Simon et Romain de Diesbach
The artwork: [I]
At once a screen and mirror, the smartphone, this identity box of each and all, is an object of memory and illusion. The mobile phone and the screen are markers of our era and they also bear the marks of our daily gestures. These ubiquitous devices literally infiltrate every nook cranny of our everyday lives, and have thus cleared the way for the monetization of leisure time. In the process, we have become bound to a form of instantaneousness that simultaneously distances us from the present moment: we are perched on the edge between the virtual and material world.
The smartphone is an object requiring almost constant attention: we protect it, we talk to it, authorize it to remember moments of our lives and to inform third parties of our every move, so much so that it rapidly becomes irreplaceable: in no time its status changes from a precious and essential object to junk, to a dysfunctional and technological artefact, covered with a greasy film that bears witness to a compulsive use. These panes—shattered into a thousand pieces, trapped in cement, like the fossil traces of a bygone age—once again confront us with our behaviour before the GAFA (Google, Amazon, Facebook, Apple) entities. In returning to the state of mere physical mirrors, they also remind us of the eventual end of our digital identity.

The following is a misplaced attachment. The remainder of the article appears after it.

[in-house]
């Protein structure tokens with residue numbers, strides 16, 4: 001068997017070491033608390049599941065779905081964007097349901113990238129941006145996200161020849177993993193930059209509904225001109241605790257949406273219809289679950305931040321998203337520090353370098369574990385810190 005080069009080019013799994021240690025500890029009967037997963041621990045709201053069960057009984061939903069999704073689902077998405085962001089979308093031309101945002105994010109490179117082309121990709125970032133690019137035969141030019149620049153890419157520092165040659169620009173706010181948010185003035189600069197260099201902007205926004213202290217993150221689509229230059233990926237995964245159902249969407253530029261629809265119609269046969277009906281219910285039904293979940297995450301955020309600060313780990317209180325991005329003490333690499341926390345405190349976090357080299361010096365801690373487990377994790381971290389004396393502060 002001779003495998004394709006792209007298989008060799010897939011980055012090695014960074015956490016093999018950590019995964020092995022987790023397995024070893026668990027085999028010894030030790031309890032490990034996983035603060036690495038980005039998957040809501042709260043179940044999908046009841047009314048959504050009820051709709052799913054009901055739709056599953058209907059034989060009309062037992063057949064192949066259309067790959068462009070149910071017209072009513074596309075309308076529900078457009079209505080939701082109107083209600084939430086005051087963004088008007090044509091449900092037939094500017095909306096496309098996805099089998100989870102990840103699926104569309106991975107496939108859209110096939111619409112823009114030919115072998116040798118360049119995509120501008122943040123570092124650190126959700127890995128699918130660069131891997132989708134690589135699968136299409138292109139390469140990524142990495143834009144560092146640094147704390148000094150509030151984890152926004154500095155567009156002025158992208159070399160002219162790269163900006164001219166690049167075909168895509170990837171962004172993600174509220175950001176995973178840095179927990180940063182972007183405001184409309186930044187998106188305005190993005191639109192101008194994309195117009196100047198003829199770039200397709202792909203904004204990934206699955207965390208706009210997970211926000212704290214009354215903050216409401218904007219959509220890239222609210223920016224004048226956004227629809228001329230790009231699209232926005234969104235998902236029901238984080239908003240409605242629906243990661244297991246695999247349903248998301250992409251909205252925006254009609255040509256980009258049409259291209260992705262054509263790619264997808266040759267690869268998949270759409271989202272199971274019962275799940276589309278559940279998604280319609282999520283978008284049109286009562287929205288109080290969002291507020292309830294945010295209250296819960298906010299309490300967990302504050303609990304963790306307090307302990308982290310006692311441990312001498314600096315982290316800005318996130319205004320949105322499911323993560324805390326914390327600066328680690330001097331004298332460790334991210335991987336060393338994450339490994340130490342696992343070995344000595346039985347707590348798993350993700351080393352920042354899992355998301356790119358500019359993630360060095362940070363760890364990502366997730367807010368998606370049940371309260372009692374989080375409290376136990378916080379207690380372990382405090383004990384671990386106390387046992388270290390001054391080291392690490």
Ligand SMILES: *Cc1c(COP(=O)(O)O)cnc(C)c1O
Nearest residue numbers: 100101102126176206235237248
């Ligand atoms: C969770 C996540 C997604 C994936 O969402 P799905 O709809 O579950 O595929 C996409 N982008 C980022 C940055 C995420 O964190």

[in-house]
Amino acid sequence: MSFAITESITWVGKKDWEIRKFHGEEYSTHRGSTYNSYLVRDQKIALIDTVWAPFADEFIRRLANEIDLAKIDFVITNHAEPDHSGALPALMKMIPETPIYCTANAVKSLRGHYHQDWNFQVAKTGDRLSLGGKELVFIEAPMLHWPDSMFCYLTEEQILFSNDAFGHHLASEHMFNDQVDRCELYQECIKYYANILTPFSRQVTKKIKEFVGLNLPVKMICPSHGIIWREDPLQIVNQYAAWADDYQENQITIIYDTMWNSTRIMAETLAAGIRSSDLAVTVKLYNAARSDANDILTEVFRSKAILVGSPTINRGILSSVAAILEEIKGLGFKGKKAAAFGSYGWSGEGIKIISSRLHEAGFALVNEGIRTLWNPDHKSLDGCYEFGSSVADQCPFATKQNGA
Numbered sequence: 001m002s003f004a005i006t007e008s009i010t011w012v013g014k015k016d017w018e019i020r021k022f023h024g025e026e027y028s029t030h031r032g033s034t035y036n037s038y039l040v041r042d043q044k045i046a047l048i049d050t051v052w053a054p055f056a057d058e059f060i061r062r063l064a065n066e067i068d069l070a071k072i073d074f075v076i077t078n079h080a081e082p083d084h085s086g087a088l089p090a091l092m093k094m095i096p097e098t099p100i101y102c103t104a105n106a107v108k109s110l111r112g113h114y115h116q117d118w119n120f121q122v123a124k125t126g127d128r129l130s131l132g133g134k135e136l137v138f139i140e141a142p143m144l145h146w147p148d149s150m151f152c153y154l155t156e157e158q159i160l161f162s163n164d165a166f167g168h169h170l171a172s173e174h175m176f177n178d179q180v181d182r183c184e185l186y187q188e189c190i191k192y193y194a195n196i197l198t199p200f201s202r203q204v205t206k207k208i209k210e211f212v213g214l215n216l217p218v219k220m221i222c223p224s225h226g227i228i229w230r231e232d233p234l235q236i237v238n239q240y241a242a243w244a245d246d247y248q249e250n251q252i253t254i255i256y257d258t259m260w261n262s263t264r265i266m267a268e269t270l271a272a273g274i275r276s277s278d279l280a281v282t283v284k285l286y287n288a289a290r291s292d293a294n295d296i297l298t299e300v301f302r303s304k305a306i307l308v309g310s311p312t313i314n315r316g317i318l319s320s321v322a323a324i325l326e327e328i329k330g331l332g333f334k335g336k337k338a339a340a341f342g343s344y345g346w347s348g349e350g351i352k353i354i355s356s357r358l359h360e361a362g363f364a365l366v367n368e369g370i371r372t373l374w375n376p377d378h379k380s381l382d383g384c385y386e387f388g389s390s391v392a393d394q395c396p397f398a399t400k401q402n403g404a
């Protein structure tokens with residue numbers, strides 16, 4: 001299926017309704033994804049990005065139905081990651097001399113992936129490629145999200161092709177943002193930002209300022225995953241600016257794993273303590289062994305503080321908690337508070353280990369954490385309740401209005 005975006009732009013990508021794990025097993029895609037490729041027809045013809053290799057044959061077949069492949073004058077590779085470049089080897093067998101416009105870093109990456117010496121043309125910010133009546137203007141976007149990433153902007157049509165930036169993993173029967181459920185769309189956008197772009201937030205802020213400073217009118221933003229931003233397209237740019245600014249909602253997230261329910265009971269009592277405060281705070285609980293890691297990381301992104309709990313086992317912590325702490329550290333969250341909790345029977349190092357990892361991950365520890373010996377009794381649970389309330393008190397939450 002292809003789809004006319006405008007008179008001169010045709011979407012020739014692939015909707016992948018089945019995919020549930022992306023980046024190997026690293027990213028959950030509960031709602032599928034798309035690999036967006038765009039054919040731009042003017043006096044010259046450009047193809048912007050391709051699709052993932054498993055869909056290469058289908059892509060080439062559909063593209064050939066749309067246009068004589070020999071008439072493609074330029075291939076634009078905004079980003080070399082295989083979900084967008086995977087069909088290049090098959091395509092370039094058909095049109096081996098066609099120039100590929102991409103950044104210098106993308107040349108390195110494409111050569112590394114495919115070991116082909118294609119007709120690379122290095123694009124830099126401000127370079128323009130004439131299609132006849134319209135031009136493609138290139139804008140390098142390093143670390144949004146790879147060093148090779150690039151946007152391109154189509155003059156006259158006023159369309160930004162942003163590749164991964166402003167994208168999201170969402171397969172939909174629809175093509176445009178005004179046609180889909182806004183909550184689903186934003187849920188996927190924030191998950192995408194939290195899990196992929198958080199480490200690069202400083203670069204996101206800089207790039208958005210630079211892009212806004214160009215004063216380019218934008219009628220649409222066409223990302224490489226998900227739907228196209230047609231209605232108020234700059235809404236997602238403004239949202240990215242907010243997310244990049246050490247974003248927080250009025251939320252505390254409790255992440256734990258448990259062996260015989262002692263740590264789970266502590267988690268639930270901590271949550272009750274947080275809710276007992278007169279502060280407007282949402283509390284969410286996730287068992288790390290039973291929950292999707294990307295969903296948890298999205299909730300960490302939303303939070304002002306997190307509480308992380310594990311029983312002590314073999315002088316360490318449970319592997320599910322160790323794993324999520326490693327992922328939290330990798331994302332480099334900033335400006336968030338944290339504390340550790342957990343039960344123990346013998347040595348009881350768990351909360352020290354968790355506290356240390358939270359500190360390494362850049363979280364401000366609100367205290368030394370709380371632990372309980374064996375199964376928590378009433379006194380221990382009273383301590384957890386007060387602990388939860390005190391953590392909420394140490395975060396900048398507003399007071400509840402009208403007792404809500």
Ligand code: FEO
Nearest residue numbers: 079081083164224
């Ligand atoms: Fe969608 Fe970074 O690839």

Born in 1981 and 1987 respectively, Romain and Simon de Diesbach collaborate for the first time in the exhibition “Baie Vitrée” in 2017 at Villa Bernasconi in Geneva. Trained in jewellery and design, Romain pursued object and interior design projects in Burkina Faso. He is currently working for the Geneva-based association Materiuum. After a bachelor’s degree in Media & Interaction Design at ECAL (University of Art and Design of Lausanne), in 2014, Simon co-founded a company developing interactive innovation and virtual reality projects. In 2018, he left the studio to become independent motivated by a desire to develop more personally engaged projects. He is currently pursuing a Master in Film at the HSLU (Lucerne University of Applied Sciences and Arts) where he is developing an animated short film on “loneliness in a technoliberal world”.